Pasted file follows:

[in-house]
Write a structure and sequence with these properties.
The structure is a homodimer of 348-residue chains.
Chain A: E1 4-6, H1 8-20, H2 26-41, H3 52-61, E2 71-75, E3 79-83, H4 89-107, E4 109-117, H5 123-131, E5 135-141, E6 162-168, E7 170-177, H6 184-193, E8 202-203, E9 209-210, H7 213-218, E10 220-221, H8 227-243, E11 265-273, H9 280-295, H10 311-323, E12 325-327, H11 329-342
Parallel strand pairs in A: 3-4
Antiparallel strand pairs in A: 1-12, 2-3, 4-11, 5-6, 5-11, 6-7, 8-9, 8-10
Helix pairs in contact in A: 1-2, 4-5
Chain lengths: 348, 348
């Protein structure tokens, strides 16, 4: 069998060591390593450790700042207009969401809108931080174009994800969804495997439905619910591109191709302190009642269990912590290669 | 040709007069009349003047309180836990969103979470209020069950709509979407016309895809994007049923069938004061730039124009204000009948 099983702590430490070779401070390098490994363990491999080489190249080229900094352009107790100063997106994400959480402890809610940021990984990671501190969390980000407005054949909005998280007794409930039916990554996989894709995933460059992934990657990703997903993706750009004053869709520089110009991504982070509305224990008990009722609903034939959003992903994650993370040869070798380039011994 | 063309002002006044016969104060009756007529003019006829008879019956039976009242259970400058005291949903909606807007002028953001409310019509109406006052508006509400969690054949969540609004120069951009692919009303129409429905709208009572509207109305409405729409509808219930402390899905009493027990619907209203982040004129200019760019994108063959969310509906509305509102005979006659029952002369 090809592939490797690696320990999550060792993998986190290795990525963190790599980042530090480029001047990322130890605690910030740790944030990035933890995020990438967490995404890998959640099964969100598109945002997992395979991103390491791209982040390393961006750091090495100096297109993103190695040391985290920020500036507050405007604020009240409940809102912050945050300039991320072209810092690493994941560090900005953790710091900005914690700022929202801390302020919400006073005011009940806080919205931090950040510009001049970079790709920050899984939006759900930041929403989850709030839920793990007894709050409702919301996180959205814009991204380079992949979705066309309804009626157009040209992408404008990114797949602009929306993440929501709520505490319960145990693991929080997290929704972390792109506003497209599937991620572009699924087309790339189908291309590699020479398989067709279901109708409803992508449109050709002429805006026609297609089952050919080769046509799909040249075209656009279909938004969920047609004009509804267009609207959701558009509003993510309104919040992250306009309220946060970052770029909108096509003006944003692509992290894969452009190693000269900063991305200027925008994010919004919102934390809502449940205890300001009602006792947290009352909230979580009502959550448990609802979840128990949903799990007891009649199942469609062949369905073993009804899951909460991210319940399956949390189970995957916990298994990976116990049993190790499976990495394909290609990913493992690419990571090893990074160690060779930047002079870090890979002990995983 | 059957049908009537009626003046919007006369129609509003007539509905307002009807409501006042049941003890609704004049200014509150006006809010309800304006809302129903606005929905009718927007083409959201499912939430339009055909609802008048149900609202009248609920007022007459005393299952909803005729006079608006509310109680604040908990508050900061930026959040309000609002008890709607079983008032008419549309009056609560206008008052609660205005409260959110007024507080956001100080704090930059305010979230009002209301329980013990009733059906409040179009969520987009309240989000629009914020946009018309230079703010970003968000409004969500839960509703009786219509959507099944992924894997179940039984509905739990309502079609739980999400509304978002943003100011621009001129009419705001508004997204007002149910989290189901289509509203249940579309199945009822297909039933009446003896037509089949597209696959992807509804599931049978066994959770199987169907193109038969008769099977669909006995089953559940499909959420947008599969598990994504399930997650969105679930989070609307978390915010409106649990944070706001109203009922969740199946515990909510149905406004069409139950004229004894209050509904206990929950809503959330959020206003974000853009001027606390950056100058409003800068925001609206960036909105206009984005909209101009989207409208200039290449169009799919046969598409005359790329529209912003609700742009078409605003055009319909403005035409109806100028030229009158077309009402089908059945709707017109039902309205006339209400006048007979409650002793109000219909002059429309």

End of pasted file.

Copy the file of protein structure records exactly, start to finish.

[in-house]
Write a structure and sequence with these properties.
The structure is a homodimer of 348-residue chains.
Chain A: E1 4-6, H1 8-20, H2 26-41, H3 52-61, E2 71-75, E3 79-83, H4 89-107, E4 109-117, H5 123-131, E5 135-141, E6 162-168, E7 170-177, H6 184-193, E8 202-203, E9 209-210, H7 213-218, E10 220-221, H8 227-243, E11 265-273, H9 280-295, H10 311-323, E12 325-327, H11 329-342
Parallel strand pairs in A: 3-4
Antiparallel strand pairs in A: 1-12, 2-3, 4-11, 5-6, 5-11, 6-7, 8-9, 8-10
Helix pairs in contact in A: 1-2, 4-5
Chain lengths: 348, 348
């Protein structure tokens, strides 16, 4: 069998060591390593450790700042207009969401809108931080174009994800969804495997439905619910591109191709302190009642269990912590290669 | 040709007069009349003047309180836990969103979470209020069950709509979407016309895809994007049923069938004061730039124009204000009948 099983702590430490070779401070390098490994363990491999080489190249080229900094352009107790100063997106994400959480402890809610940021990984990671501190969390980000407005054949909005998280007794409930039916990554996989894709995933460059992934990657990703997903993706750009004053869709520089110009991504982070509305224990008990009722609903034939959003992903994650993370040869070798380039011994 | 063309002002006044016969104060009756007529003019006829008879019956039976009242259970400058005291949903909606807007002028953001409310019509109406006052508006509400969690054949969540609004120069951009692919009303129409429905709208009572509207109305409405729409509808219930402390899905009493027990619907209203982040004129200019760019994108063959969310509906509305509102005979006659029952002369 090809592939490797690696320990999550060792993998986190290795990525963190790599980042530090480029001047990322130890605690910030740790944030990035933890995020990438967490995404890998959640099964969100598109945002997992395979991103390491791209982040390393961006750091090495100096297109993103190695040391985290920020500036507050405007604020009240409940809102912050945050300039991320072209810092690493994941560090900005953790710091900005914690700022929202801390302020919400006073005011009940806080919205931090950040510009001049970079790709920050899984939006759900930041929403989850709030839920793990007894709050409702919301996180959205814009991204380079992949979705066309309804009626157009040209992408404008990114797949602009929306993440929501709520505490319960145990693991929080997290929704972390792109506003497209599937991620572009699924087309790339189908291309590699020479398989067709279901109708409803992508449109050709002429805006026609297609089952050919080769046509799909040249075209656009279909938004969920047609004009509804267009609207959701558009509003993510309104919040992250306009309220946060970052770029909108096509003006944003692509992290894969452009190693000269900063991305200027925008994010919004919102934390809502449940205890300001009602006792947290009352909230979580009502959550448990609802979840128990949903799990007891009649199942469609062949369905073993009804899951909460991210319940399956949390189970995957916990298994990976116990049993190790499976990495394909290609990913493992690419990571090893990074160690060779930047002079870090890979002990995983 | 059957049908009537009626003046919007006369129609509003007539509905307002009807409501006042049941003890609704004049200014509150006006809010309800304006809302129903606005929905009718927007083409959201499912939430339009055909609802008048149900609202009248609920007022007459005393299952909803005729006079608006509310109680604040908990508050900061930026959040309000609002008890709607079983008032008419549309009056609560206008008052609660205005409260959110007024507080956001100080704090930059305010979230009002209301329980013990009733059906409040179009969520987009309240989000629009914020946009018309230079703010970003968000409004969500839960509703009786219509959507099944992924894997179940039984509905739990309502079609739980999400509304978002943003100011621009001129009419705001508004997204007002149910989290189901289509509203249940579309199945009822297909039933009446003896037509089949597209696959992807509804599931049978066994959770199987169907193109038969008769099977669909006995089953559940499909959420947008599969598990994504399930997650969105679930989070609307978390915010409106649990944070706001109203009922969740199946515990909510149905406004069409139950004229004894209050509904206990929950809503959330959020206003974000853009001027606390950056100058409003800068925001609206960036909105206009984005909209101009989207409208200039290449169009799919046969598409005359790329529209912003609700742009078409605003055009319909403005035409109806100028030229009158077309009402089908059945709707017109039902309205006339209400006048007979409650002793109000219909002059429309």